The second type, works of mercy, had to do with God meeting us as we did outward acts of service toward others.  So Jesus assumed that we would give to the poor ("almsgiving") as in Matthew 6. Almsgiving is "everything that we give, or speak, or do, whereby our neighbor may be profited."  Feeding the hungry, clothing the naked, assisting the stranger, visiting the sick or those in prison, comforting the troubled, teaching those without knowledge, redirecting the wicked, praising the person who does good, these are all ways in which God not only dispenses his grace to others, but to us as well.
3. It is understandable that God would use different means of grace in different times and places to meet and transform his people. Cultures differ in the means they have available and in their understandings of the world. God does not expect all people to come up the mountain to his timeless temple in his timeless way. He is an incarnating God who became flesh in Christ Jesus. God meets his people in various times and places in the ways that best change them.
So it is no surprise that God began to use the Scriptures as one of the primary means of his grace once the printing press came into common use in the West. Not only did a culture develop where most people could read but by the 1900s most people in the West had easy access to a Bible. Prior to the 1500s, Christian worship and communion understandably played a greater role in dispensing God's grace to most Christians, since the vast majority were illiterate and the Bible did not play a large role in worship.
In the early church, the Scriptures, breaking bread, fellowship, and worship were weekly features of Christian life. God regularly uses these same means of grace today in the church. God meets us in various ways as individuals. He meets us in various ways as the corporate body of Christ. And he meets us as we serve others in mission. Devotions are a contemporary personal means of grace, usually involving prayer and searching the Scriptures. Worship, fellowship, and communion are frequent corporate means. And we serve as means of grace toward others in evangelism and service.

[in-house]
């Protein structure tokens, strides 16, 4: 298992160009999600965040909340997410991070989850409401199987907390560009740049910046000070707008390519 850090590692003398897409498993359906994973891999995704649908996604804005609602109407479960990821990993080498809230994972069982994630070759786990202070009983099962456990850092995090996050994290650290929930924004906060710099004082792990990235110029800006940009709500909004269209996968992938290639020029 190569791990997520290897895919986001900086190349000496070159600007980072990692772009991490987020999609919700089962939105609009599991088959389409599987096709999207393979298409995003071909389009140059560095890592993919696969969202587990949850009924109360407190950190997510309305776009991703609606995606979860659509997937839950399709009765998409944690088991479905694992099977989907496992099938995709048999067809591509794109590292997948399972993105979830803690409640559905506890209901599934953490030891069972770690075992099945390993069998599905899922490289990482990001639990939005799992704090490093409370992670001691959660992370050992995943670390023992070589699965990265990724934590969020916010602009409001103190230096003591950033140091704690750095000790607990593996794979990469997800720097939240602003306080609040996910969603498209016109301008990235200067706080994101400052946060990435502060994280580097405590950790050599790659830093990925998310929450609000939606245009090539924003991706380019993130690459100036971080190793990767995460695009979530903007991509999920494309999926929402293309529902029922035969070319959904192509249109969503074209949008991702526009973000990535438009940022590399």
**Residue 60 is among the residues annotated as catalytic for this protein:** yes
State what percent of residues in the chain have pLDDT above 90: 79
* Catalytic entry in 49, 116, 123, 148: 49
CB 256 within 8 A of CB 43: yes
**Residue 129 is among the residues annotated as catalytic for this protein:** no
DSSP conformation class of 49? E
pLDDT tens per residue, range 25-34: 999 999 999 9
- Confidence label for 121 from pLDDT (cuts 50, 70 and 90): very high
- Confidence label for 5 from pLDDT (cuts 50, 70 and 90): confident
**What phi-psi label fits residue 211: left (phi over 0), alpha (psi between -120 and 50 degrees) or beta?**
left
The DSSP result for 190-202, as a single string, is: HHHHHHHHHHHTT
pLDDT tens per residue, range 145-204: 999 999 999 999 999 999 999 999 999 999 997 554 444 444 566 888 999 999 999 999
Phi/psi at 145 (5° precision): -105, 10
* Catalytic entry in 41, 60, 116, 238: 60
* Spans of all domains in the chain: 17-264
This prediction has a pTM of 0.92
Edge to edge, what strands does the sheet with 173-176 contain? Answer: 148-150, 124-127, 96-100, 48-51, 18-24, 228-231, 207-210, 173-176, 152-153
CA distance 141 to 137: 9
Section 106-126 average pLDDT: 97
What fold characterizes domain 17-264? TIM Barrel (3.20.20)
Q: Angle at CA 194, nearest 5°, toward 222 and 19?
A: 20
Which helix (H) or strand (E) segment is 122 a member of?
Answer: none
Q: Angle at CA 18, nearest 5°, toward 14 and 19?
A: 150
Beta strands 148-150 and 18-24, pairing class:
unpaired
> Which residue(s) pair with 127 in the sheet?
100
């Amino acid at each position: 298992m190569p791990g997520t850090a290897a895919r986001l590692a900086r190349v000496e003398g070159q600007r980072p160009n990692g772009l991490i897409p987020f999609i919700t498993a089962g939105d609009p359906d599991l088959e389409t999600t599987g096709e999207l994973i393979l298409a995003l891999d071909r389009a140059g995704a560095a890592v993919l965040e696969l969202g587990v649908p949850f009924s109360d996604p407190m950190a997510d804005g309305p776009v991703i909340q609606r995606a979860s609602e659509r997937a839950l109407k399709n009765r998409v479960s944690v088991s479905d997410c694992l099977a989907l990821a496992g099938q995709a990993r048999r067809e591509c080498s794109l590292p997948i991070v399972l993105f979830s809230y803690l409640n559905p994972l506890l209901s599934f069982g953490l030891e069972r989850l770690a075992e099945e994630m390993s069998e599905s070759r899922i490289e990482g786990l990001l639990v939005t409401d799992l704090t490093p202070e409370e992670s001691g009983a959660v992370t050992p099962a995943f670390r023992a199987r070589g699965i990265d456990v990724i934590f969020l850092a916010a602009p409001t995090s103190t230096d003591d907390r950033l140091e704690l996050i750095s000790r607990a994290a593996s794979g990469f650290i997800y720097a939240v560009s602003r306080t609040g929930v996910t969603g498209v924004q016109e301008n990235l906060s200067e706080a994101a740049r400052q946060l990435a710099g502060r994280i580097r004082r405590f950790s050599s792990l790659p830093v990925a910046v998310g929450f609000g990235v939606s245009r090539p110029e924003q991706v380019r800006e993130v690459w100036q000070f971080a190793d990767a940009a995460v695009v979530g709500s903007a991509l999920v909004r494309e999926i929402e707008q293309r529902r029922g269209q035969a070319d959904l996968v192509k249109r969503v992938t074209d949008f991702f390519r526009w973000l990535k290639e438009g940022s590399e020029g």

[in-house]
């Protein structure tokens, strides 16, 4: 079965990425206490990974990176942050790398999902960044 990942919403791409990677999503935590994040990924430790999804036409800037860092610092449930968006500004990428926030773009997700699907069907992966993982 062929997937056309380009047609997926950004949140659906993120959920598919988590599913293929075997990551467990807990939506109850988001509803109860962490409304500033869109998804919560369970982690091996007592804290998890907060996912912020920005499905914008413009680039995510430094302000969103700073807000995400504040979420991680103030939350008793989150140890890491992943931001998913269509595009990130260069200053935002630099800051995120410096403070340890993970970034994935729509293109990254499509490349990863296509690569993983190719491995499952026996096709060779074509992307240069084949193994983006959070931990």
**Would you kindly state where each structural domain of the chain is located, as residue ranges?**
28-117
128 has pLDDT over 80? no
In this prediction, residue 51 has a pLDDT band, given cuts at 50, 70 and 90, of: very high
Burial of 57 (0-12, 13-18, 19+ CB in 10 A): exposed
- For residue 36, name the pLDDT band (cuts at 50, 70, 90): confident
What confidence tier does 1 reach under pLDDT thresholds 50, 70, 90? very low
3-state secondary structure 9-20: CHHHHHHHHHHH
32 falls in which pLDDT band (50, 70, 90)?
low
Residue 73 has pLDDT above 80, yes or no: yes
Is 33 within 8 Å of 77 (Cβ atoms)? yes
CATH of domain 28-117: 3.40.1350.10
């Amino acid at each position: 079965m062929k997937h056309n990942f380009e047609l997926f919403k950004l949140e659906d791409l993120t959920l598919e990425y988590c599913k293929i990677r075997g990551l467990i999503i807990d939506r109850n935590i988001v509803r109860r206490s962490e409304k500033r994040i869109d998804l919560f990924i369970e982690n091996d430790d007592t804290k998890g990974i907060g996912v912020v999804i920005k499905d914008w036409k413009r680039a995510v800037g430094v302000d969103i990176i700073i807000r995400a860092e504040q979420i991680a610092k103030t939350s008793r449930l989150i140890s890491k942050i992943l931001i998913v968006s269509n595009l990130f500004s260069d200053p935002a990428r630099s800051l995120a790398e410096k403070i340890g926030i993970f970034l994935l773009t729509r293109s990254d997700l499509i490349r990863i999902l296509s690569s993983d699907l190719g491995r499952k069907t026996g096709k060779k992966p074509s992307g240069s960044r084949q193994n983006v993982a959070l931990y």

But God can use anything to transform us. It is even possible that God may have a special means of grace just for you as an individual believer. Perhaps there is some outward symbol connected to a special memory of your walk with God, perhaps some moment of special divine encounter. Perhaps God occasionally uses that symbol to trigger that memory and give you a sense of his presence. 
Some Christians journal, and their journal becomes a means of grace. If they would ever have a moment of doubt or a moment when God seems silent, their journal can remind them of special moments of divine encounter from the past.
There is no limit to how God can meet his people to transform them. He is, after all, all powerful, all knowing, and everywhere present. We are embodied people. Physical actions and visible objects are usually more obvious to us than invisible things. God thus uses outward signs to administer inward graces. God uses all sorts of instruments of grace to transform his people.
Next Week: ET1: God's fundamental ethical expectation of us is love.
 Wesley mentions prayer and searching the Scriptures in his sermon, "The Means of Grace." Mention of baptism as a means of grace is in his sermon, "The New Birth" and Christian conference is found in his "Large Minutes."
 He called these "prudential" means of grace. He lists these works of mercy in his sixth sermon on the Sermon on the Mount.
 See n.2. I have lightly edited his language.
 It is of course essential that we not let any such symbol become an idol. No object is an idol if it merely triggers our thoughts of God. The object itself is not the point, including the Bible. The point is that it points us toward our relationship with God.